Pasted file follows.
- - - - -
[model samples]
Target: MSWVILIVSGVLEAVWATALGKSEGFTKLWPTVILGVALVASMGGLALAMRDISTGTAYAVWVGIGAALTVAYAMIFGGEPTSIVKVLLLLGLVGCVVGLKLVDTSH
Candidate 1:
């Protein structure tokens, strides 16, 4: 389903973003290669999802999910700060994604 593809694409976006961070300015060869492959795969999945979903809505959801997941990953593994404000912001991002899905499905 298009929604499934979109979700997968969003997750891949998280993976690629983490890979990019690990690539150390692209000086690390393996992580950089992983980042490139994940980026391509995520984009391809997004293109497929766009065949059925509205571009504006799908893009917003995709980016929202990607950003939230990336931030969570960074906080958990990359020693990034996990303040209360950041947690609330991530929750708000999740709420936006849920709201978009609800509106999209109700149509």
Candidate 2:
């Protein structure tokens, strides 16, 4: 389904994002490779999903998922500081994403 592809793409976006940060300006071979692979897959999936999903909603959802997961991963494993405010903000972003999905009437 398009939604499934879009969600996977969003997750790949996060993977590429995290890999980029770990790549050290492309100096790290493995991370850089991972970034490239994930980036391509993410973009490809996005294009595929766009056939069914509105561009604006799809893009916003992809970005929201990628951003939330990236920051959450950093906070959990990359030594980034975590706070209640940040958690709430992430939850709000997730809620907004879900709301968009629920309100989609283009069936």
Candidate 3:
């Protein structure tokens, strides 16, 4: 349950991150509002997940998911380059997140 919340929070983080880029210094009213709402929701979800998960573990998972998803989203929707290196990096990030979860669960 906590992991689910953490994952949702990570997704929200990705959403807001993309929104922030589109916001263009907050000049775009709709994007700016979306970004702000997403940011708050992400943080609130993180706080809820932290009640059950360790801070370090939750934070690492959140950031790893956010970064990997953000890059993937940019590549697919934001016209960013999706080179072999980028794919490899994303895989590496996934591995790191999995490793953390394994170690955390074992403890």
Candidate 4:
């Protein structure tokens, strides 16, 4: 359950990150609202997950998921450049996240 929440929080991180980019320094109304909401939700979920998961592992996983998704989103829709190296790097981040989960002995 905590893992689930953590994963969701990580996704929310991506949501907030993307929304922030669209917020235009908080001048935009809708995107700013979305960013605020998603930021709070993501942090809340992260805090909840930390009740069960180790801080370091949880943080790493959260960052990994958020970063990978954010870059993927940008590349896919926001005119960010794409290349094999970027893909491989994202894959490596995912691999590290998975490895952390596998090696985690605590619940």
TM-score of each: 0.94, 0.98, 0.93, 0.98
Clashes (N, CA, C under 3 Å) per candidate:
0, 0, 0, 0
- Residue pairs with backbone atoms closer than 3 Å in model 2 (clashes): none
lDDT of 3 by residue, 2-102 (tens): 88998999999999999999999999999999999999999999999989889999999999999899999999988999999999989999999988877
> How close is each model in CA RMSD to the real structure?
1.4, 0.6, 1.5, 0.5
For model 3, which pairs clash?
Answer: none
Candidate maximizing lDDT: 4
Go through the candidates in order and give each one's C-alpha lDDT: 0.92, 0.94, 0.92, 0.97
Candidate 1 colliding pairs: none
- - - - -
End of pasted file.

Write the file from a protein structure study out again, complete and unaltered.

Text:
[model samples]
Target: MSWVILIVSGVLEAVWATALGKSEGFTKLWPTVILGVALVASMGGLALAMRDISTGTAYAVWVGIGAALTVAYAMIFGGEPTSIVKVLLLLGLVGCVVGLKLVDTSH
Candidate 1:
């Protein structure tokens, strides 16, 4: 389903973003290669999802999910700060994604 593809694409976006961070300015060869492959795969999945979903809505959801997941990953593994404000912001991002899905499905 298009929604499934979109979700997968969003997750891949998280993976690629983490890979990019690990690539150390692209000086690390393996992580950089992983980042490139994940980026391509995520984009391809997004293109497929766009065949059925509205571009504006799908893009917003995709980016929202990607950003939230990336931030969570960074906080958990990359020693990034996990303040209360950041947690609330991530929750708000999740709420936006849920709201978009609800509106999209109700149509």
Candidate 2:
């Protein structure tokens, strides 16, 4: 389904994002490779999903998922500081994403 592809793409976006940060300006071979692979897959999936999903909603959802997961991963494993405010903000972003999905009437 398009939604499934879009969600996977969003997750790949996060993977590429995290890999980029770990790549050290492309100096790290493995991370850089991972970034490239994930980036391509993410973009490809996005294009595929766009056939069914509105561009604006799809893009916003992809970005929201990628951003939330990236920051959450950093906070959990990359030594980034975590706070209640940040958690709430992430939850709000997730809620907004879900709301968009629920309100989609283009069936």
Candidate 3:
């Protein structure tokens, strides 16, 4: 349950991150509002997940998911380059997140 919340929070983080880029210094009213709402929701979800998960573990998972998803989203929707290196990096990030979860669960 906590992991689910953490994952949702990570997704929200990705959403807001993309929104922030589109916001263009907050000049775009709709994007700016979306970004702000997403940011708050992400943080609130993180706080809820932290009640059950360790801070370090939750934070690492959140950031790893956010970064990997953000890059993937940019590549697919934001016209960013999706080179072999980028794919490899994303895989590496996934591995790191999995490793953390394994170690955390074992403890």
Candidate 4:
């Protein structure tokens, strides 16, 4: 359950990150609202997950998921450049996240 929440929080991180980019320094109304909401939700979920998961592992996983998704989103829709190296790097981040989960002995 905590893992689930953590994963969701990580996704929310991506949501907030993307929304922030669209917020235009908080001048935009809708995107700013979305960013605020998603930021709070993501942090809340992260805090909840930390009740069960180790801080370091949880943080790493959260960052990994958020970063990978954010870059993927940008590349896919926001005119960010794409290349094999970027893909491989994202894959490596995912691999590290998975490895952390596998090696985690605590619940």
TM-score of each: 0.94, 0.98, 0.93, 0.98
Clashes (N, CA, C under 3 Å) per candidate:
0, 0, 0, 0
- Residue pairs with backbone atoms closer than 3 Å in model 2 (clashes): none
lDDT of 3 by residue, 2-102 (tens): 88998999999999999999999999999999999999999999999989889999999999999899999999988999999999989999999988877
> How close is each model in CA RMSD to the real structure?
1.4, 0.6, 1.5, 0.5
For model 3, which pairs clash?
Answer: none
Candidate maximizing lDDT: 4
Go through the candidates in order and give each one's C-alpha lDDT: 0.92, 0.94, 0.92, 0.97
Candidate 1 colliding pairs: none